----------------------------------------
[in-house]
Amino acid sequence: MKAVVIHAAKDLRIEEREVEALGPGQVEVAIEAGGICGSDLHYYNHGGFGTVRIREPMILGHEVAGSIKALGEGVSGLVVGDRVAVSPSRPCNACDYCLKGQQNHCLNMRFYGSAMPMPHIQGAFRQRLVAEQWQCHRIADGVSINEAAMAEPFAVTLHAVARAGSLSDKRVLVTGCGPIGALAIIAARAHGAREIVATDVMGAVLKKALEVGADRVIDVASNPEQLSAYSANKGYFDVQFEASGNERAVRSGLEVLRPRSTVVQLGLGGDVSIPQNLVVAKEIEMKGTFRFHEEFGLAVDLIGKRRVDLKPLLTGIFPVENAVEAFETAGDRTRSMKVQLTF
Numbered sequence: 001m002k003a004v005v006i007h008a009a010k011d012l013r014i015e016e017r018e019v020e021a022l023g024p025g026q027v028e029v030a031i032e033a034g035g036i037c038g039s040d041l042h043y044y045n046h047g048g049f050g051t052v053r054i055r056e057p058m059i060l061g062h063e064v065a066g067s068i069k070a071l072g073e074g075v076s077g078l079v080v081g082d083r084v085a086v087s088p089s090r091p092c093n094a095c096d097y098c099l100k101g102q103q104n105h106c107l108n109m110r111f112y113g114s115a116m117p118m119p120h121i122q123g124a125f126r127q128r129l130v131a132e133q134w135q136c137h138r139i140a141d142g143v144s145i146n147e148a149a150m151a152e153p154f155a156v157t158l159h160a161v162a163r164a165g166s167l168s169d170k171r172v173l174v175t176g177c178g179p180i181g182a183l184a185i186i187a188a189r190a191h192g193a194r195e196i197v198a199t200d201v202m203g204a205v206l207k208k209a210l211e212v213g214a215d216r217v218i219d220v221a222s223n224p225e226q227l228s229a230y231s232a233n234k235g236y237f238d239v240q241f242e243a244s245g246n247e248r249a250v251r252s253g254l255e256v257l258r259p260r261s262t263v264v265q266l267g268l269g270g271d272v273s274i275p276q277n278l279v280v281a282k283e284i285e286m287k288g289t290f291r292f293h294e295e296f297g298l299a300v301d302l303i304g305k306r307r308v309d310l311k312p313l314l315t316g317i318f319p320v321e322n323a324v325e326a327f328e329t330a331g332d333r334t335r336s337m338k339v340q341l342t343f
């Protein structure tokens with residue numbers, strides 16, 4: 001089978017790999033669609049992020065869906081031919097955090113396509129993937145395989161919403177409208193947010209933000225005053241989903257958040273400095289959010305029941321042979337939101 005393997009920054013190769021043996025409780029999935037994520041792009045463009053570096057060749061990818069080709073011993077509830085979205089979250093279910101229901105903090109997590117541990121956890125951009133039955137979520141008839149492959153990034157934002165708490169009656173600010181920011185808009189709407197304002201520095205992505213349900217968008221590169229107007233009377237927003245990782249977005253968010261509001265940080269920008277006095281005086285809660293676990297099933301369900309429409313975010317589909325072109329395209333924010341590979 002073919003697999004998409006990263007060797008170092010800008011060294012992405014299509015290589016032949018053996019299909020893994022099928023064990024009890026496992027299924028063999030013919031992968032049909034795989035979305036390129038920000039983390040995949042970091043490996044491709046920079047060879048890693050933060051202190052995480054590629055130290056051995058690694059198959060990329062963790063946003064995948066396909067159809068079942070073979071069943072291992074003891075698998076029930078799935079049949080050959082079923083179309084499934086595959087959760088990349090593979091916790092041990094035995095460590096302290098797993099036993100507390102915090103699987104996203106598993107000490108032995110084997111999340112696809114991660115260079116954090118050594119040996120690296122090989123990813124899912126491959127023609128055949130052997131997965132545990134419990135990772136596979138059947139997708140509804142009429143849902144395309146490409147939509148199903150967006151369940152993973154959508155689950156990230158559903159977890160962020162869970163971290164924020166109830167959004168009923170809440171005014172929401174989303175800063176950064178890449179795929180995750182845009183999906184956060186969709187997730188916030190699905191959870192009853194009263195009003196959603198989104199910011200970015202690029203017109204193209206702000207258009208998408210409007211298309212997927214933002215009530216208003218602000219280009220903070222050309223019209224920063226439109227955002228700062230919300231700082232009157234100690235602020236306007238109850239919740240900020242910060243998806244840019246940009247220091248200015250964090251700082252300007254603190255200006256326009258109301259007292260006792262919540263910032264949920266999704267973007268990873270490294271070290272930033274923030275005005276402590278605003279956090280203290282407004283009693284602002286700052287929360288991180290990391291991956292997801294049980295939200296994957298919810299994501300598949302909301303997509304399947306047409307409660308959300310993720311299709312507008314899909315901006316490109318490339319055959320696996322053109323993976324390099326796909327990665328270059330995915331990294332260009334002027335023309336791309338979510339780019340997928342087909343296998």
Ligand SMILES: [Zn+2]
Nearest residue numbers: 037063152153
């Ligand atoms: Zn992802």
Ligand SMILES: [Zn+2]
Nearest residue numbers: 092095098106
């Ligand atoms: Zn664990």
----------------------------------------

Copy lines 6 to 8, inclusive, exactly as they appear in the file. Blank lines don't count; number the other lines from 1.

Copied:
Nearest residue numbers: 037063152153
């Ligand atoms: Zn992802």
Ligand SMILES: [Zn+2]